var set = new Set()
set.add(1) // will not be added again since 1 already exists in the set

// set = [1, "one"]


Maps are like dictionaries that allows you to search for a key and get the value based on the key

var map = new Map()
const key = "name"
map.set(key, "devsurvival")
map.get(key) // name: 'devsurvival'

setTimeout and setInterval

setTimeout allows you to execute some code after a specified amount of milliseconds has passed

const timeoutId = setTimeOut(() => {
  console.log("one second has passed!")
}, 1000)

// it will print out the message after one second has passed

What if something happens and we want to cancel the setTimeout?

const timeoutId = setTimeOut(() => console.log("one second has passed!"), 1000)

clearTimeout(timeoutId) // each setTimeout() returns an id of the timeout which is used for clearing/cancelling the timeout

setInterval is used to perform some operation with a given time interval

const setIntervalId = setInterval(
  () => console.log("another second has passed"),

// this will print the message every second


promises are asynchronous operations meaning they do not block the program execution after being invoked.

This is commonly used when fetching data from some external source which is unpredictable in how long it takes to respond. It could be instantaneous, 2 seconds, or a couple of hours. We just don’t know

console.log("doing something...")
console.log("fetched data: ", fetchData()) // this is asynchronous
console.log("finished doing something...")


// "doing something..."
// "finished doing something..."
// "fetched data: ..."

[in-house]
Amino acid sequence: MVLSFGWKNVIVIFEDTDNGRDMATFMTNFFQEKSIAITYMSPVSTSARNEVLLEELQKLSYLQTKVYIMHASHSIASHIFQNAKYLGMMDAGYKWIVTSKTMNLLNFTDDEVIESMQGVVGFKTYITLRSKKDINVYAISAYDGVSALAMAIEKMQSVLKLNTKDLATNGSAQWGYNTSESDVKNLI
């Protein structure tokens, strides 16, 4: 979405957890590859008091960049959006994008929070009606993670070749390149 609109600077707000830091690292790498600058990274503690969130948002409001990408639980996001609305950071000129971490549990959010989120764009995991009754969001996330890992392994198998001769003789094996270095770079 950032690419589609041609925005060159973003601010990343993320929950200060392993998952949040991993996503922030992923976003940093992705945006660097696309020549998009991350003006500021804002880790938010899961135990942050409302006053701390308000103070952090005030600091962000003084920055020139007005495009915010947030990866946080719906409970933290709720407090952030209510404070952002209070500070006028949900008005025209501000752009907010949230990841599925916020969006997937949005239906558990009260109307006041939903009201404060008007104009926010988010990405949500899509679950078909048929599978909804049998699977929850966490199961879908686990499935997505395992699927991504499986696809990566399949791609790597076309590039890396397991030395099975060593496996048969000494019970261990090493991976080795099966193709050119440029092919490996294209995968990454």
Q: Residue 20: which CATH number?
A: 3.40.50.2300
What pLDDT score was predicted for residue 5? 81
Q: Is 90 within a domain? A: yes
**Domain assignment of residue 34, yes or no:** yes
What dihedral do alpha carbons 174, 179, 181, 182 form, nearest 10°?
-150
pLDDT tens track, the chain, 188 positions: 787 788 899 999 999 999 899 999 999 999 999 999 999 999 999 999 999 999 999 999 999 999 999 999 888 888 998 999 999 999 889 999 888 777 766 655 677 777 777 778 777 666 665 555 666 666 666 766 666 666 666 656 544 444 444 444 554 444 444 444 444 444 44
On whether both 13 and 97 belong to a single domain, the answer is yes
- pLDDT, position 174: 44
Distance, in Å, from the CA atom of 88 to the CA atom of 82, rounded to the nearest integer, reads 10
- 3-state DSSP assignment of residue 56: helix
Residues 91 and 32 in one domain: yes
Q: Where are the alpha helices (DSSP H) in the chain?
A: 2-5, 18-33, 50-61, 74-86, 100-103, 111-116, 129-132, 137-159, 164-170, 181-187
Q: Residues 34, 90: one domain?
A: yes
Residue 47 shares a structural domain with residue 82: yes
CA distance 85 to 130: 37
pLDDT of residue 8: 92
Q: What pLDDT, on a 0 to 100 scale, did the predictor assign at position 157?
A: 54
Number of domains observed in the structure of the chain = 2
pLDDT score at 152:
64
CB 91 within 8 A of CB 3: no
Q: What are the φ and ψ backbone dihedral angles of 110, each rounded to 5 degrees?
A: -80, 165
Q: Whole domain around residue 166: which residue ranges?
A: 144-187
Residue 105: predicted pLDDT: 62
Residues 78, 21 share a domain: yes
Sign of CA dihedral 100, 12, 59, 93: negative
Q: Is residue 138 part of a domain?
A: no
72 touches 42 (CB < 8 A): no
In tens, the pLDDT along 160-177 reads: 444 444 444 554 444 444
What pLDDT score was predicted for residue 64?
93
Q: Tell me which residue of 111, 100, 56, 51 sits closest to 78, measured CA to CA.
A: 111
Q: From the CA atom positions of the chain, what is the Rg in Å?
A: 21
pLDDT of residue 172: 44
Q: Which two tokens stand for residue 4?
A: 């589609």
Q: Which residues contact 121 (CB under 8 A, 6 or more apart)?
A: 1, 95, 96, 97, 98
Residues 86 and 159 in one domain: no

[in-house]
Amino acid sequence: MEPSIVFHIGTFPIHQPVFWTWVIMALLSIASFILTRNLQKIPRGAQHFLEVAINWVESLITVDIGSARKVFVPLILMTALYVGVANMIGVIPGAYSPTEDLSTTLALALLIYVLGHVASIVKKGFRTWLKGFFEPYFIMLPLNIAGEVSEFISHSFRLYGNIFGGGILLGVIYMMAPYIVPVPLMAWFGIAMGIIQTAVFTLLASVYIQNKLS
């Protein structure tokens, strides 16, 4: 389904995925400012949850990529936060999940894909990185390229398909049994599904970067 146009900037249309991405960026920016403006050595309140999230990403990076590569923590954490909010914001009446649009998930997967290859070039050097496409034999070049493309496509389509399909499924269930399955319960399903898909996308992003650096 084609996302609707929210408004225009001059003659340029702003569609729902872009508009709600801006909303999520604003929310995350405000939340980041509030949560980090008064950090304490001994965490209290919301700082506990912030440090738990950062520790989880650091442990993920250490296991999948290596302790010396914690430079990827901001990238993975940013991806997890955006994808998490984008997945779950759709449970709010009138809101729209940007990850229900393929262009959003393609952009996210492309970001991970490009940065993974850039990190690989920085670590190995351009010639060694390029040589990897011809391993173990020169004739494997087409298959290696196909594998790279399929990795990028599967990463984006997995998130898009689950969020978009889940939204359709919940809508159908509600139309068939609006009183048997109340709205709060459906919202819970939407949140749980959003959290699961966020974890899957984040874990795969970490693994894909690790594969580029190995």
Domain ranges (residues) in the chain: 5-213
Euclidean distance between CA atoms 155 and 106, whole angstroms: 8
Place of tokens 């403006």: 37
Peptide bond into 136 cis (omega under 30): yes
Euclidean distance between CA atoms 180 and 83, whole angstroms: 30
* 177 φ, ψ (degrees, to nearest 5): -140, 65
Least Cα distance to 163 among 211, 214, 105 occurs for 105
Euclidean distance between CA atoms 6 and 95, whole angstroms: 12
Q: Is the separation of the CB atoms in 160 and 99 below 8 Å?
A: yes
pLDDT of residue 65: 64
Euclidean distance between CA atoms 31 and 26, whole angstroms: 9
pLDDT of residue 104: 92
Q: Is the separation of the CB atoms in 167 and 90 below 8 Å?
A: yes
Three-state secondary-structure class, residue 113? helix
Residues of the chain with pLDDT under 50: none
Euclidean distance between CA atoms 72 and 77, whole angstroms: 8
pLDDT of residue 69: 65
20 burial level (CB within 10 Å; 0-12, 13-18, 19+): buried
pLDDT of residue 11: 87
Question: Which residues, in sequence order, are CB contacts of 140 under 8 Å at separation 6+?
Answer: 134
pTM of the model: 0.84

In the program above, Javascript will not wait for fetching the data to complete before printing ‘finished doing something…’

How do we wait to get a response before proceeding?

console.log("doing something...")
  .then(data => {
    console.log("fetched data: ", data)
    console.log("finished doing something...")
  .catch(error => {
    console.log("there was an error :( ", error)

We use .then() and .catch(). .then() will wait for fetching data to complete and pass the result into the data parameter

.catch() will catch any error that is returned

Creating a Promise

var newProm = new Promise((resolve, reject) => {
  // do something ...
  if (2 === 2) {
    // if error

newProm.then(res => console.log(res)) // prints 2

Async and Await

What happens when we have a series of request that depends of the result of the previous request

using .then()

function makeRequests() {
  request1().then(result => {
    request2(result).then(result => {
      request3(result).then(result => {
        request(4).then(result => {

this nesting is hard to read and harder to debug.

To avoid this, they introduced Async and Await

Same implementation using Async and Await

async function makeRequests() {
  const result1 = await request1()
  const result2 = await request2(result1)
  const result3 = await request3(result2)
  const result4 = await request4(result3)

To use await to wait for our requests, we have to mark the function with async

Cool right? But there are some caveats when using async functions:

  1. All functions marked with async returns a promise
  2. Don’t stick an await in front of every promises! If you don’t really care about the return value, just let them be asynchronous.

Error Handling

How do we handle errors?

try {
  // do something that can cause an error
  // let's see.. I know! let's reference a variable that doesn't exists!'
  value / 0
} catch (err) {

What’s Next?

Start learning bash commands

Hieu Nguyen - Founder of I am also a video gamer, a full stack developer, and an anime lover. I'm also an advocate of teaching others how to code.